###### Summary -

In this topic, we described about the below sections -

Relational operators used to compare two or more operands of any data type. Relational operators and join two or more operands of any data type to form a relational expression or comparison expression. The result of the relational expression is true or false.

There are additional relational operators for specific data types. The predicate operator "IS" qualifying an operand. If operands are of different length and different type, then automatic conversion is performed.

Automatic type conversion is performed on either one of the operand. The automatic conversion can be decided by the data type and below list shows the data type order precedence.

• If one operand is of data type I, then the other operand is converted to I.
• If one operand is of data type P, then the other operand is converted to P.
• If one operand is of data type D, then the other operand is converted to D.
• C and N types are not converted and they are compared directly.
• If one operand is of data type N and the other operand is C or X, both operands are converted to P.
• If one operand is of data type C and the other operand is X, the X type is converted to C.

#### Relational operators for all data types -

Below are the list of relational operators for all data types -

OperatorDescriptionMeaning
=, EQEqualTrue when the value of operand1 matches the value of operand2, otherwise false.
<>, NENot EqualTrue when the value of operand1 does not match the value of operand2, otherwise false.
< LTLess ThanTrue when the value of operand1 is less than the value of operand2, otherwise false.
>, GTGreater ThanTrue when the value of operand1 is greater than the value of operand2, otherwise false.
<=, LELess EqualTrue when the value of operand1 is less than or equal to the value of operand2, otherwise false.
>=, GEGreater EqualTrue when the value of operand1 is greater than or equal to the value of operand2, otherwise false.
IS INITIALINITIALThe condition becomes true if the content of the variable not changes from the value initially assigned.
IS NOT INITIALNOT INTIALThe condition becomes true if the content of the variable changed from the value initially assigned.

#### Relational operators for character-like data types -

Below are the list of relational operators for character-like data types -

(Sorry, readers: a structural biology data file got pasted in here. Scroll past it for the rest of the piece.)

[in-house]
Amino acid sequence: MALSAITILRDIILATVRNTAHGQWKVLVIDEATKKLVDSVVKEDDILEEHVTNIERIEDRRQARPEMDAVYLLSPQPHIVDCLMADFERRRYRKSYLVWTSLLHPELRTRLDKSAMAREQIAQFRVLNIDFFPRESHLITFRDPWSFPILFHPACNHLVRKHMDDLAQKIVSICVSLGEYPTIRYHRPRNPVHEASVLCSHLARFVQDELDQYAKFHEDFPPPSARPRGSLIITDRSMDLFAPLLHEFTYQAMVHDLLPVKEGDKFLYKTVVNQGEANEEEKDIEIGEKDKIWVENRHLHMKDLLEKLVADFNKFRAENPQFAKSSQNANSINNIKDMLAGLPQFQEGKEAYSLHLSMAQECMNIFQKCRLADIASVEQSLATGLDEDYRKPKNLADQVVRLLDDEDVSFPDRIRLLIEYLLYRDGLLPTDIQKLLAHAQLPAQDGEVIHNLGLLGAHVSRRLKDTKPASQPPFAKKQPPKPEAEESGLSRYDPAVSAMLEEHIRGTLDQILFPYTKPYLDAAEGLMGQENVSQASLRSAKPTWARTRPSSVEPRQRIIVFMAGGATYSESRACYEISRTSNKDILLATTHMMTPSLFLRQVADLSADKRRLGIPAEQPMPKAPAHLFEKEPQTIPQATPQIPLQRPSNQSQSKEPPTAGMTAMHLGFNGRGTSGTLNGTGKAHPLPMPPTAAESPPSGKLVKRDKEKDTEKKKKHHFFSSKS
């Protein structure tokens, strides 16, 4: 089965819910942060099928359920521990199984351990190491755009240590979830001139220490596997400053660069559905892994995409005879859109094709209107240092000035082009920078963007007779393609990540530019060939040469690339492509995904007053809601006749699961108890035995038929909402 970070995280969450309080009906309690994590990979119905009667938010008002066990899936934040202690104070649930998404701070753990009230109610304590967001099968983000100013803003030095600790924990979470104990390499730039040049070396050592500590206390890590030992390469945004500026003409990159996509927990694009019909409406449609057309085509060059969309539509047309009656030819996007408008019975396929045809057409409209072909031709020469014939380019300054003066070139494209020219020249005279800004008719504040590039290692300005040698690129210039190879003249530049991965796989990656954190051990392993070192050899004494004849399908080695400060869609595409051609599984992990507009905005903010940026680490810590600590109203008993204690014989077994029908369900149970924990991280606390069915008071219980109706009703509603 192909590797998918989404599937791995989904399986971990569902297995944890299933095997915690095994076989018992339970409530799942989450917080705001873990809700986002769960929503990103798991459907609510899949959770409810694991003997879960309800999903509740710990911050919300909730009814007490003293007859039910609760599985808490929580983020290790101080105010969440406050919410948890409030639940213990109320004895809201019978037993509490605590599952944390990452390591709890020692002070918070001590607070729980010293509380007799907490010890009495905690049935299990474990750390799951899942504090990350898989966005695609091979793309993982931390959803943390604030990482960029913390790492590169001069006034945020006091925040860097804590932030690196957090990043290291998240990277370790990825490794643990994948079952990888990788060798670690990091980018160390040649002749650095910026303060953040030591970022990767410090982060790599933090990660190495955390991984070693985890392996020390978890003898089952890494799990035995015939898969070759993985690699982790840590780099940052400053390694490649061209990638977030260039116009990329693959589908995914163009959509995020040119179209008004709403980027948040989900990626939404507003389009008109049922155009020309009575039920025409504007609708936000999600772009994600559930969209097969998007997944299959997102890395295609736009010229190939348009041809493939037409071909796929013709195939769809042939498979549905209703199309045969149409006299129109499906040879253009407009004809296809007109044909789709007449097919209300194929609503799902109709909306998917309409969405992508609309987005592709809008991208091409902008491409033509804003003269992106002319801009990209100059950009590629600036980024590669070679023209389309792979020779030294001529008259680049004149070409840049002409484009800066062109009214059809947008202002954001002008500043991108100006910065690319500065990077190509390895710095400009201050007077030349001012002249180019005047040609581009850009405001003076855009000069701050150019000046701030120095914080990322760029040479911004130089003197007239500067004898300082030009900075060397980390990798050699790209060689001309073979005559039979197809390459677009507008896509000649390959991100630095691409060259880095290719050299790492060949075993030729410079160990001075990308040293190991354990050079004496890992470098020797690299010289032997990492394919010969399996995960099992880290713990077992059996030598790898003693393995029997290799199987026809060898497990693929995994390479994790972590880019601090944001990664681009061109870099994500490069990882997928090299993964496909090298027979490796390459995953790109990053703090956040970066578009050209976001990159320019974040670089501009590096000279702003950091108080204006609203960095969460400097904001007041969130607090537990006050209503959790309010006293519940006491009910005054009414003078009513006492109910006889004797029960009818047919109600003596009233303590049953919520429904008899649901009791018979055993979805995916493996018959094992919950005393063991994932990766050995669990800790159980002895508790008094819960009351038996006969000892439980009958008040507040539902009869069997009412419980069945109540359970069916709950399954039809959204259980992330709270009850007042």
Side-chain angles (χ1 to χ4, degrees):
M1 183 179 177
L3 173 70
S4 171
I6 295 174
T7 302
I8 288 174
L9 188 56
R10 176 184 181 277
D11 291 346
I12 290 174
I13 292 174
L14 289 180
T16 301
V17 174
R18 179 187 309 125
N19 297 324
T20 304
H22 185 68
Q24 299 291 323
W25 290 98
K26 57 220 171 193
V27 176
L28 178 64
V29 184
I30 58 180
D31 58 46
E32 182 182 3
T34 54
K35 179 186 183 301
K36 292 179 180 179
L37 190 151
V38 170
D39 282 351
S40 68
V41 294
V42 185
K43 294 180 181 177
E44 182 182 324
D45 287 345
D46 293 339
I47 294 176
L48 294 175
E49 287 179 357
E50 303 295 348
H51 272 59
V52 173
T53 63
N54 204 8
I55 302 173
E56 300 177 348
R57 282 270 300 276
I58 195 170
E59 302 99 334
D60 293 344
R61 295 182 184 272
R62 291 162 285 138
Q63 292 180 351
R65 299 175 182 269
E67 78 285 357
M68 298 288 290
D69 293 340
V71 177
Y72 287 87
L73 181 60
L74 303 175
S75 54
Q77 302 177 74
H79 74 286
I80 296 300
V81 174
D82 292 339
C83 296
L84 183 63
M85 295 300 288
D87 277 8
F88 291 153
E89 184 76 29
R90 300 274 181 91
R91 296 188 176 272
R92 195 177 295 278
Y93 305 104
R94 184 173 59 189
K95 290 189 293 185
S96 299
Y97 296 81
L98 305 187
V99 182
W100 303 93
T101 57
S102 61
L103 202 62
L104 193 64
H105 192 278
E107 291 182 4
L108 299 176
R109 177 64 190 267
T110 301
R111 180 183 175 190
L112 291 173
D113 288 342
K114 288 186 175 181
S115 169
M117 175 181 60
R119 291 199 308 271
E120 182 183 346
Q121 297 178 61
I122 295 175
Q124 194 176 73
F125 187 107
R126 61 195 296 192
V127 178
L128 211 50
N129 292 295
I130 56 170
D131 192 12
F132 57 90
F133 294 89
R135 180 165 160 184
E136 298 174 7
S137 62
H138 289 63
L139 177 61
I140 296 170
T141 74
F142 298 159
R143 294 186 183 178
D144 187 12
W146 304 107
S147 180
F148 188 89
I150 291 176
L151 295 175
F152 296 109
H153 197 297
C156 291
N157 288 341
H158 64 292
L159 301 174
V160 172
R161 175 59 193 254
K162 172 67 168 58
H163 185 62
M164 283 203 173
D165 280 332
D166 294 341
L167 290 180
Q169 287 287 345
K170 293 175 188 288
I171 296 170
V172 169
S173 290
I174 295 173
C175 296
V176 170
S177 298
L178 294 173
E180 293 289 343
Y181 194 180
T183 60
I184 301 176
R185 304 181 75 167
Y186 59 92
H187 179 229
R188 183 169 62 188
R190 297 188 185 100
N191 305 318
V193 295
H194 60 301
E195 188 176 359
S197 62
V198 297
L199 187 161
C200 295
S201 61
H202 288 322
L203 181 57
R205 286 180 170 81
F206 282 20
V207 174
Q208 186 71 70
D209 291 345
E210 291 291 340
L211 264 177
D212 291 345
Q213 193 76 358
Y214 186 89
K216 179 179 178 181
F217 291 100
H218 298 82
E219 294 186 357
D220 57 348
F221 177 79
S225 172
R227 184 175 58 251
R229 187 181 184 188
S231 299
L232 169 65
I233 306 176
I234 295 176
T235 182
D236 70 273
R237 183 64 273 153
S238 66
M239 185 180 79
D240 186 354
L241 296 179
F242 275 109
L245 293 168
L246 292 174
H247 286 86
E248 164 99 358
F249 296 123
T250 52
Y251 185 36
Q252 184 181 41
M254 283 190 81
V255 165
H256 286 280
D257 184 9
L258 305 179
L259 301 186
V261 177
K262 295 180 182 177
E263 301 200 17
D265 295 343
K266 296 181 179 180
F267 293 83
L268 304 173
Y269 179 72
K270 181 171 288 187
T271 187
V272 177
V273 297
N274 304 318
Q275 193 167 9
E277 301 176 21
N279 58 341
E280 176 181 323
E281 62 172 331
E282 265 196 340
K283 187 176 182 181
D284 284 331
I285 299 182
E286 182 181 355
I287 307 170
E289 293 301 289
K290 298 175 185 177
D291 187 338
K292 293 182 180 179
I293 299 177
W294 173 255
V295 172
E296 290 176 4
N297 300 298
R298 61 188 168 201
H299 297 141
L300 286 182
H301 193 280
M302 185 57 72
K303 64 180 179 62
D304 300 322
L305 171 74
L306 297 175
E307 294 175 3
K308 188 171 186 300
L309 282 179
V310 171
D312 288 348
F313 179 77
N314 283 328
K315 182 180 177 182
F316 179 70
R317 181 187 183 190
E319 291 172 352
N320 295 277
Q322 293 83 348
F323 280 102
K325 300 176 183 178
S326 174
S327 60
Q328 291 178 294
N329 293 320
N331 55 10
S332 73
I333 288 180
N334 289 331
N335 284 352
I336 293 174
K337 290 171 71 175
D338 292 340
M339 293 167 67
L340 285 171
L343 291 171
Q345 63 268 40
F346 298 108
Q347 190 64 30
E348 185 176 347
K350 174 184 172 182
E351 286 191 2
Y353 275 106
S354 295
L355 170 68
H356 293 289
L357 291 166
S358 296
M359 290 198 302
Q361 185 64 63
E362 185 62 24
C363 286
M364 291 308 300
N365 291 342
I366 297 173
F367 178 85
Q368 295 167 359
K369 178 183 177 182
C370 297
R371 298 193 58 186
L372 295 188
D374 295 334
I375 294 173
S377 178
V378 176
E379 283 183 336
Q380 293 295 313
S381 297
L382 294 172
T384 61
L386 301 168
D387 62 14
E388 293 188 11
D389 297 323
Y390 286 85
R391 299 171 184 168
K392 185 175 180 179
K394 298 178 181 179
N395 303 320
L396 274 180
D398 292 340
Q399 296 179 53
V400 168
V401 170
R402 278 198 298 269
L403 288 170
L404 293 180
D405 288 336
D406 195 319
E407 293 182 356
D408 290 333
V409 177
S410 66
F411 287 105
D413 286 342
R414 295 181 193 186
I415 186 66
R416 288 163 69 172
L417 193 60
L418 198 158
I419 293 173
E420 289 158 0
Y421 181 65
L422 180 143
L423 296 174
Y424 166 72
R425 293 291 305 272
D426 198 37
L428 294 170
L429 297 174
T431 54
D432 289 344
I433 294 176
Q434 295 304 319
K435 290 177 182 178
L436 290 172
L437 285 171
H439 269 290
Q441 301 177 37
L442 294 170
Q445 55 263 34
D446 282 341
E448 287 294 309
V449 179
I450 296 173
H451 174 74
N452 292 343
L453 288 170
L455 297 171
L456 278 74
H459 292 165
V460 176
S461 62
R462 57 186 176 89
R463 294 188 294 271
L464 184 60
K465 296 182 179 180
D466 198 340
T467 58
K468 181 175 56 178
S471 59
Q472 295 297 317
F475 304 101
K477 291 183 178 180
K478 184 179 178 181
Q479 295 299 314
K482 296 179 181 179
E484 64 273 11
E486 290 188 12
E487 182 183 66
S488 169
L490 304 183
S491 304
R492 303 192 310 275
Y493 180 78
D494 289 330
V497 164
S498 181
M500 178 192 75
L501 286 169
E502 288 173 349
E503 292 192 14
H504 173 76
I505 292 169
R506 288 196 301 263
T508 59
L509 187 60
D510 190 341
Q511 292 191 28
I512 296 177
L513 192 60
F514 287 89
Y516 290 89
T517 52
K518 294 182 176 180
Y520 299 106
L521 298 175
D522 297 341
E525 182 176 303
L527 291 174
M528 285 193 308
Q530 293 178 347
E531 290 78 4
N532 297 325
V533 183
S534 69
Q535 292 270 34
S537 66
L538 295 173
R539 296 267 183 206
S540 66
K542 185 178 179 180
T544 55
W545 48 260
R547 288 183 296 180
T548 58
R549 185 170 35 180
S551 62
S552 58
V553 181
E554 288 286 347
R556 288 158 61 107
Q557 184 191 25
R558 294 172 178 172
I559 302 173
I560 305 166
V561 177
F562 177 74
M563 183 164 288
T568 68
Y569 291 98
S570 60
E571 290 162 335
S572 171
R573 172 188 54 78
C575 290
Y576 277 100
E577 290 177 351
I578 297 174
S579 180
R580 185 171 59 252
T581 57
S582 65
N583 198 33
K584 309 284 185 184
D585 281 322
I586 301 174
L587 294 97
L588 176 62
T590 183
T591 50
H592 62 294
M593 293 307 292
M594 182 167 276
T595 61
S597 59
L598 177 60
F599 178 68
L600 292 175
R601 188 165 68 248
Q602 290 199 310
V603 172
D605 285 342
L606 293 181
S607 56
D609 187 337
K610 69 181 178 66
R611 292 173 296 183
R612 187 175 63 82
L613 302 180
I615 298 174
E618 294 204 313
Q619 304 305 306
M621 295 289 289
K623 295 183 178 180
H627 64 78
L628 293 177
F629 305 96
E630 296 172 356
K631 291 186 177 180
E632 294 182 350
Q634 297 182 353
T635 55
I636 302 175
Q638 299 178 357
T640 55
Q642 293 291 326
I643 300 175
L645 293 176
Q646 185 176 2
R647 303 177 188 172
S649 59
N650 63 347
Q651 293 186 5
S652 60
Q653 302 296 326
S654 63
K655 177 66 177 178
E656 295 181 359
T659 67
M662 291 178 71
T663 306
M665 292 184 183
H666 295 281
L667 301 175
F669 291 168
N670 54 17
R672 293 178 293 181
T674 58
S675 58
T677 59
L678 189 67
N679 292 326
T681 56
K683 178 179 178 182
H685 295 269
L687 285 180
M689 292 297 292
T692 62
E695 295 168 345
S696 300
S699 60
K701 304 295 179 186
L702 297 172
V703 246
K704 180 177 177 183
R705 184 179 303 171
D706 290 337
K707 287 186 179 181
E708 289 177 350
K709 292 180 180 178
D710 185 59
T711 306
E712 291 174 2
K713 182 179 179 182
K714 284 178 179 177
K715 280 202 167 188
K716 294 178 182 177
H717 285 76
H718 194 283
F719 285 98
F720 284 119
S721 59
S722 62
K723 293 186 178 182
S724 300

OperatorDescriptionMeaning
COContains OnlyTrue when operand1 only contains characters from operand2. It is case-sensitive and trailing blanks are respected in both operands.
CNContains Not OnlyTrue when a logical expression with CO is false, that is, if operand1 contains not only characters from operand2.
CAContains AnyTrue, when operand1 contains at least one character from operand2. It is case-sensitive and trailing blanks are respected in both operands.
NAContains Not AnyTrue, when a logical expression with CA is false, that is if operand1 does not contain any characters from operand2.
CSContains StringTrue, when the content of operand2 is contained in operand1. It is not case-sensitive and trailing blanks in the left operand are respected.
NSContains No StringTrue, when a logical expression with CS is false, i.e., if operand1 does not contain the content of operand2.
CPCovers PatternTrue, when the content of operand1 fits the pattern in operand2.
NPNo PatternTrue, when a logical expression with CP is false, i.e., if operand1 does not fit the pattern operand2.

#### Relational operators for byte-like data types -

Below are the list of relational operators for byte-like data types -

OperatorDescriptionMeaning
BYTE-COContains OnlyTrue when operand1 only contains bytes out of operand2.
BYTE-CNContains Not OnlyTrue when a logical expression with BYTE-CO is false.
BYTE-CAContains AnyTrue when operand1 contains at least one byte out of operand2.
BYTE-NAContains Not AnyTrue when a logical expression with BYTE-CA is false.
BYTE-CSContains StringTrue when the content of operand2 is contained in operand1.
BYTE-NSContains No StringTrue when a logical expression with BYTE-CS is false.

#### Example -

Below example shows how the relational operations coded in the program.

#### Code -

``````*&---------------------------------------------------------------------*
*& Report  Z_RELATIONAL_OPERATORS
*&---------------------------------------------------------------------*
*& Written by TutorialsCampus
*&---------------------------------------------------------------------*

REPORT  Z_RELATIONAL_OPERATORS.

* Declaring variables
DATA: W_OP1 TYPE I VALUE 40,
W_OP2 TYPE I VALUE 60,
W_OP3 TYPE I.

* Verifying W_OP1 less than W_OP2
IF W_OP1 LT W_OP2.
WRITE 'W_OP1 LESS THAN W_OP2'.
ENDIF.

* Verifying W_OP2 IS NOT INITIAL
IF W_OP2 IS NOT INITIAL.
WRITE /'W_OP2 IS CHANGED'.
ENDIF.

* Verifying W_OP3 IS INITIAL
IF W_OP3 IS INITIAL.
WRITE /'W_OP3 IS NOT CHANGED'.
ENDIF.
``````

#### Explaining Example -

In the above example, each and every statement is preceeded with a comment to explain about the statement. Go through them to get clear understanding of example code.

IF W_OP1 LT W_OP2, verifying W_OP1 is LESS THAN (LT) W_OP2. If yes, display 'W_OP1 LESS THAN W_OP2'.

IF W_OP2 IS NOT INITIAL, verifying W_OP2 is not initial. If yes, displays 'W_OP2 IS CHANGED'.

IF W_OP3 IS INITIAL, verifying W_OP3 is initial. If yes, displays 'W_OP3 IS NOT CHANGED'.